Plumber Cameron Brooks said he’d be open to a more Uber-style tradesperson industry. Picture: Jason Edwards
Uber-style tradies tracked by GPS, rated by reviews from past customers, and booked and paid for through a smartphone app are on the wishlists of Australian households.
A new survey by online tradie marketplace Hipages has revealed half of those hiring tradespeople would like to see them tracked by GPS.
And while it’s not on their “road map” right now, it’s almost inevitable the technology will find its way into the industry, according to chief customer officer Stuart Tucker.
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Hipages chief customer officer Stuart Tucker.
“It’s only a matter of time until customers will look for that type of convenience that it offers, and our research supports that,” Mr Tucker said.
A survey of more than 500 people as well as industry research, revealed in a Hipages On-Demand Tradie Economy report, found more than 50 per cent of consumers believed a more streamlined process to organising a tradie would change the industry within five years.
This would be welcome news to Melbourne home renovators, whose numbers have surged in the face of soaring property prices in recent years.
And they could be a step closer with a new partnership between Hipages and Bunnings set to put fixed-price installations for toilets through to ceiling fans at customers’ fingertips.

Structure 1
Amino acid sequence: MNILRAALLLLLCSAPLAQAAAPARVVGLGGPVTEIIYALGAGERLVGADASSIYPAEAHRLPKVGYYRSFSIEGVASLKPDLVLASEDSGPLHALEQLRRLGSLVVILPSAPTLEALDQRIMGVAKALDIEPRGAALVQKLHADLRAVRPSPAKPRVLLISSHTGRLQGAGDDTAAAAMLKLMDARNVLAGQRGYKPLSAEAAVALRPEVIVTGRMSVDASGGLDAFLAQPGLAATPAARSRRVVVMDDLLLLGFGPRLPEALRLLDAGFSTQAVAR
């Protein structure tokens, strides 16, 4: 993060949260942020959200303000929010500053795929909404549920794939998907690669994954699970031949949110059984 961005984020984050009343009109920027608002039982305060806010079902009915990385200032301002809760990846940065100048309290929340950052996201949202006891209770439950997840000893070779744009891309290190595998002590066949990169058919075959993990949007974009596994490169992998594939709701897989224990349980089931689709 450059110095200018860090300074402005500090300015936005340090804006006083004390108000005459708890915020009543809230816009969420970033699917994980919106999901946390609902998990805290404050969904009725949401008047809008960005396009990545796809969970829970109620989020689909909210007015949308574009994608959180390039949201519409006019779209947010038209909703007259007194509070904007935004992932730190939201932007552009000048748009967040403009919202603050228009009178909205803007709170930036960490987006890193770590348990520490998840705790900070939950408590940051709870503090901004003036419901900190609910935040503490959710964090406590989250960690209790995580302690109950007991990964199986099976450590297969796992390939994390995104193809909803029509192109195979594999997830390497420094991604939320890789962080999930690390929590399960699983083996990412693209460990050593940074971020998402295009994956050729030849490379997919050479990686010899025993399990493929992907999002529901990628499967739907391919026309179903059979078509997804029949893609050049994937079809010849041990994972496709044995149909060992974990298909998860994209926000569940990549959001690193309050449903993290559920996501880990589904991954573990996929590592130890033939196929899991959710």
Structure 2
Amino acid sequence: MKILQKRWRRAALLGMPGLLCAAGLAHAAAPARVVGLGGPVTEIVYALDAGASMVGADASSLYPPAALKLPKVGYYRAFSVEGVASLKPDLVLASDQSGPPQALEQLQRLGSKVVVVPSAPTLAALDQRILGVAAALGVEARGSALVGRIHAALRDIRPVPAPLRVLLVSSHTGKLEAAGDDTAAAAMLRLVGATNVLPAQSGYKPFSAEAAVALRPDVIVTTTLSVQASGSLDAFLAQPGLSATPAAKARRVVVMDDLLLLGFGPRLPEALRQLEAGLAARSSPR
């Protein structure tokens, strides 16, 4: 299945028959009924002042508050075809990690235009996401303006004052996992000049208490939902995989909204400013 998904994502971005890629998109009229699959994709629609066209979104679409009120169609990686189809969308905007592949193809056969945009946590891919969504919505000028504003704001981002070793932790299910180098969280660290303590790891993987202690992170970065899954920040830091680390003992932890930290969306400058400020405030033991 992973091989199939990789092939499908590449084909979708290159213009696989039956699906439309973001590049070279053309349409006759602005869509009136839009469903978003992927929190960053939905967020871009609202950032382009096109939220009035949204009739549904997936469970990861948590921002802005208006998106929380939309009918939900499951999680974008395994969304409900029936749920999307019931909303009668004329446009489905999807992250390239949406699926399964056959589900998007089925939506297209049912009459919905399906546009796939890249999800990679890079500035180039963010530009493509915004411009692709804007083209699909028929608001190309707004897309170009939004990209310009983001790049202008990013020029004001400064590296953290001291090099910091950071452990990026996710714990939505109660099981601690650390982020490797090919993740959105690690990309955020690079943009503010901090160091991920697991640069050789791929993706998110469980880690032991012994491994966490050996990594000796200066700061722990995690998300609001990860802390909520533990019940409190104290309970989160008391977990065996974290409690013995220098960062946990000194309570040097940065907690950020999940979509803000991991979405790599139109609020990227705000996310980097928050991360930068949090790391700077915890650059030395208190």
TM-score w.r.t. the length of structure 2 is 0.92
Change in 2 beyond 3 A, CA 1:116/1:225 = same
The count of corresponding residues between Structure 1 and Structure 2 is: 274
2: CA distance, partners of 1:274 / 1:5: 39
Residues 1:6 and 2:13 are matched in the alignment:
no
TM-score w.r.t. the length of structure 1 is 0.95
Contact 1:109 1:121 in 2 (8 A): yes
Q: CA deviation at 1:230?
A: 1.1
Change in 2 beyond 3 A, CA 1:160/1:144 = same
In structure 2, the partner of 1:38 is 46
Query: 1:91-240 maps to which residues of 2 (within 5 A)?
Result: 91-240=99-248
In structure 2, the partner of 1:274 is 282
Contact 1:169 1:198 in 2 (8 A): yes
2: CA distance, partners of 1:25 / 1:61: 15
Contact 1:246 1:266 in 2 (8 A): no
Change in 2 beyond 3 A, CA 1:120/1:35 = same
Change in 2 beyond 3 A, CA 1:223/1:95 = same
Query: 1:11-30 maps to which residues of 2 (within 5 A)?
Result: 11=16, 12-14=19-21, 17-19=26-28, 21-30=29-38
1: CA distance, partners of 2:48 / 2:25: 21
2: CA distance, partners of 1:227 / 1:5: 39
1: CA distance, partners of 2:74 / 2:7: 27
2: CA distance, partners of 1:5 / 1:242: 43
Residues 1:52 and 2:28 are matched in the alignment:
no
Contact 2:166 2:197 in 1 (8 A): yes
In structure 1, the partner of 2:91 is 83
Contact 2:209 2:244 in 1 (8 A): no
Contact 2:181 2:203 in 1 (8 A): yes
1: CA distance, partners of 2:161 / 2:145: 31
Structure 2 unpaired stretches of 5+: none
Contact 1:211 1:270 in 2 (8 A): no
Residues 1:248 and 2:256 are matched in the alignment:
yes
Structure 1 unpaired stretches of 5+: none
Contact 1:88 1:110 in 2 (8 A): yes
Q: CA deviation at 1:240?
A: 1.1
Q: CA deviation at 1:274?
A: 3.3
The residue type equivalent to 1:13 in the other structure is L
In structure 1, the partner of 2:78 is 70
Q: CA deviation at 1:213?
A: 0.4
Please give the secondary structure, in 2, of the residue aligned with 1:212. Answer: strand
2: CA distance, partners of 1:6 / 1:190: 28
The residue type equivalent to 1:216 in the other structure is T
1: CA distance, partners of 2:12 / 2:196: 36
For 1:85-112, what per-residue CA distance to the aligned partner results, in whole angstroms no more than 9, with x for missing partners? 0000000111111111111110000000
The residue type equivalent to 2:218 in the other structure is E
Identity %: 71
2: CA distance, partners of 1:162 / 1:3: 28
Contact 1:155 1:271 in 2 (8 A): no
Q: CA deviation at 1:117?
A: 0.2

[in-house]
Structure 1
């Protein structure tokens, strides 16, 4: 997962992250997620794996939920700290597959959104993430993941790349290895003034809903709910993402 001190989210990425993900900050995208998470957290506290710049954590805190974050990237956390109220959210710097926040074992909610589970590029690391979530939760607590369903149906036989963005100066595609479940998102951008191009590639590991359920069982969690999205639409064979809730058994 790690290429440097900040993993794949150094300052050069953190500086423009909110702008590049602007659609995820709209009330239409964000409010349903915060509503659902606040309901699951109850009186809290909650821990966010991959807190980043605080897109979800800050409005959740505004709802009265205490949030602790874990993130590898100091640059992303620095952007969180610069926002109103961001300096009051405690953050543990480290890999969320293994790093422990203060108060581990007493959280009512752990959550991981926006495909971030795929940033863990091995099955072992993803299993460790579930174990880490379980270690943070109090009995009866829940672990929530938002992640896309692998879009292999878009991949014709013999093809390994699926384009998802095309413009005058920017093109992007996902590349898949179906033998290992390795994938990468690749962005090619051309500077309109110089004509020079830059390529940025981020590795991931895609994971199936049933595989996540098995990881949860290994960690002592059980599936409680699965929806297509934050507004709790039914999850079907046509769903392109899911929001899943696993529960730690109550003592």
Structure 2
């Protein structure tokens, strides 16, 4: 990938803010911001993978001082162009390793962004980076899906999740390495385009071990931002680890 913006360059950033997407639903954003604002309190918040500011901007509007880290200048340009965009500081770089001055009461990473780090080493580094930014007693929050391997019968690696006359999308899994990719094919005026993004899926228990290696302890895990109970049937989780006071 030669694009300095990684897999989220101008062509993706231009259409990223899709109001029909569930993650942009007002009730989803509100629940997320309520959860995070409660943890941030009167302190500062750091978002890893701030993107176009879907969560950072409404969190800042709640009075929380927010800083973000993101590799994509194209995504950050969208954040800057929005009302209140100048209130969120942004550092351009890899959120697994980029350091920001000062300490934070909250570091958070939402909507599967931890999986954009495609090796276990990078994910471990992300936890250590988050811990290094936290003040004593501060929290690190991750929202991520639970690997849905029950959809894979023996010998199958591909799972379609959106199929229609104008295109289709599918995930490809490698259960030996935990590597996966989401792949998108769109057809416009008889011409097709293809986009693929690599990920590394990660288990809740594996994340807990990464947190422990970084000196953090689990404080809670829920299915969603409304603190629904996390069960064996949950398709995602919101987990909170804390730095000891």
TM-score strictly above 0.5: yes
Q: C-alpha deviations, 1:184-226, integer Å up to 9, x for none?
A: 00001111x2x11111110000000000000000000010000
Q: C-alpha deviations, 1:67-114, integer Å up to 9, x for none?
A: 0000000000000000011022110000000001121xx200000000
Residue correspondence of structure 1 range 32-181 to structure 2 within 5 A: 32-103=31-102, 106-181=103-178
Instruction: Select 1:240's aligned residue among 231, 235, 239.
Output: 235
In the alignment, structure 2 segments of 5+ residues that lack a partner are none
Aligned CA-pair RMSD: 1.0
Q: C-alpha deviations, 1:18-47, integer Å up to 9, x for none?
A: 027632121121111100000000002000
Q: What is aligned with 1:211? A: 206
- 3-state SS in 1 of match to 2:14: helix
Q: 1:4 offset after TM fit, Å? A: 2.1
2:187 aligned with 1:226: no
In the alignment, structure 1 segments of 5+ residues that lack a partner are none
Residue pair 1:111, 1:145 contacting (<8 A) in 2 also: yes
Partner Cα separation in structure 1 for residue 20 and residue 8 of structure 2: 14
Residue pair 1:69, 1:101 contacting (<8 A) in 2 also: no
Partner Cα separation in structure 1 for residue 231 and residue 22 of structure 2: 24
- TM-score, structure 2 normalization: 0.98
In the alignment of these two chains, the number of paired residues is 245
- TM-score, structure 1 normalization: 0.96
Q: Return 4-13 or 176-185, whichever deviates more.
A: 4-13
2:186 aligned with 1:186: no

The system puts a registered local plumber in touch to arrange installation before the buyer has left the store.
More than 50 per cent of those surveyed by Hipages believed a more streamlined process to organising a tradie would change the industry within five years.
Mr Tucker said while it was a step away from the traditional word-of-mouth method of finding a tradie, it was finding favour as a time saver.
Brooks Plumbing Melbourne business owner Cameron Brooks was among the first to start responding to jobs booked through Bunnings and said most of them were snapped in less than a minute.
He said he’d be open to a more Uber-style tradesperson industry, even GPS tracking.
“It would need a few restrictions,” Mr Brooks said.
“But sometimes you are stuck in traffic and they (customers) could see you are on your way. It’d be like Uber, so I’d be all right with that.
“The more people had access to things like that, the more people (tradies) would do the right thing.”